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Mortgage Market in Review – February 3, 2014

Market Comment

Mortgage bond prices finished the week higher which helped mortgage interest rates fall. Rates were worse the first portion of the week in response to mixed data. Durable goods orders fell 4.3% versus the expected 2% increase. This was very rate friendly and initially helped rates improve but those gains were quickly erased in response to stronger than expected consumer confidence data. Consumer confidence came in at 80.7 versus the expected 78 mark. Rates improved Wednesday in response to weaker stocks. Personal income was unchanged versus the expected 0.2% increase. Spending rose 0.4% versus the expected 0.2% increase. Core PCE, an inflation indicator, rose 0.1% as expected. This was rate neutral as tame inflation readings generally help to keep rates in check. Q4 Employment Cost Index rose 0.5% which was slightly higher than the 0.4% increase. Mortgage interest rates finished the week better by approximately 1/4 to 3/8 of a discount point.

LOOKING AHEAD

Economic
Indicator

Release
Date & Time

Consensus
Estimate


Analysis

ISM Index

Monday, Feb. 3,
10:00 am, et

56

Important. A measure of manufacturer sentiment. Weakness may lead to lower mortgage rates.

Construction Spending

Monday, Feb. 3,
10:00 am, et

Up 0.8%

Low importance. An indication of economic strength. Significant weakness may lead to lower rates.

Factory Orders

Tuesday, Feb. 4,
10:00 am, et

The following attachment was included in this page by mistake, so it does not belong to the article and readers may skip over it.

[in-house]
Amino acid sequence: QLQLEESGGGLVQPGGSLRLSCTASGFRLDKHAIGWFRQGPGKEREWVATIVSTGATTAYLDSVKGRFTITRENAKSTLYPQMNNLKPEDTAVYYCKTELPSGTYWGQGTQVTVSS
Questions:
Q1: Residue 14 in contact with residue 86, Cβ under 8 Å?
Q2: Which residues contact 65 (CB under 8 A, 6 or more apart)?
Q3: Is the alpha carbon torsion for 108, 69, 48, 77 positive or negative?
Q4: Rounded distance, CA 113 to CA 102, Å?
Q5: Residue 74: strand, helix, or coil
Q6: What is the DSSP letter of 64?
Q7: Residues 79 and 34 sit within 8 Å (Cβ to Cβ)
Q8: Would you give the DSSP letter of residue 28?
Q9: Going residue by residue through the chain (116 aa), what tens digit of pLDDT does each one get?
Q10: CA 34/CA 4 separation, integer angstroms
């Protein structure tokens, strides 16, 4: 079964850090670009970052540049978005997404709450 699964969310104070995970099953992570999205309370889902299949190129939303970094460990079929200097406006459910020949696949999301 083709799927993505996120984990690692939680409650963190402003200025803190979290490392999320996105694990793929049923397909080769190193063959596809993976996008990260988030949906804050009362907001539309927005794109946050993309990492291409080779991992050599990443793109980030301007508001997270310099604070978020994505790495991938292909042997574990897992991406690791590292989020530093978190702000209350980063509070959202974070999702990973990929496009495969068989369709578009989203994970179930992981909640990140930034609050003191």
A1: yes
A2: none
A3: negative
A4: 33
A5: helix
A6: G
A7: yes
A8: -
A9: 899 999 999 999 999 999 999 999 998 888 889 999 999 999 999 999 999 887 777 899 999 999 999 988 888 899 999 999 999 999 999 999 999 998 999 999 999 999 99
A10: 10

Up 0.8%

Important. A measure of manufacturing sector strength. Weakness may lead to lower rates.

ADP Employment

Wednesday, Feb. 5,
8:30 am, et

212k

Important. An indication of employment. Weakness may bring lower rates.

Weekly Jobless Claims

Thursday, Feb. 6,
8:30 am, et

342k

Important. An indication of employment. Higher claims may result in lower rates.

Trade Data

Thursday, Feb. 6,
8:30 am, et

$34b deficit

Important. Affects the value of the dollar. A falling deficit may strengthen the dollar and lead to lower rates.

Preliminary Q4 Productivity

Thursday, Feb. 6,
8:30 am, et

Up 0.8%

Important. A measure of output per hour. Improvement may lead to lower mortgage rates.

Employment

Friday, Feb. 7,
8:30 am, et

6.7%,
Payrolls +128k

Very important. An increase in unemployment or weakness in payrolls may bring lower rates.

Consumer Credit

Friday, Feb. 7,
3:00 pm, et

$11.6b

Low importance. A significantly large increase may lead to lower mortgage interest rates.

ADP Employment Report

The ADP employment report is a measure of employment derived from data of roughly 500,000 US businesses. The survey focuses on the private sector of the economy. In contrast, the Bureau of Labor Statistics releases the regular employment report which includes both private and government employment statistics.

The report has gained more prominence lately in that it is delivered prior to the Friday employment report. This gives analysts an improved forecast heading into the payrolls component of the employment report later in the week.

The Fed is usually focused on keeping inflation in check. Tightening employment conditions can result in wage inflation. The ADP report provides solid data on these conditions. Despite this, the data can still diverge from the regular employment report. The employment report is derived from a household survey and an establishment survey. These surveys often differ from one another and from the ADP employment report in that they are based on different data sets. There are no guarantees that the most important employment report the first Friday of each month will mirror the ADP report released 2 days prior. With this in mind floating into the data is always very risky.

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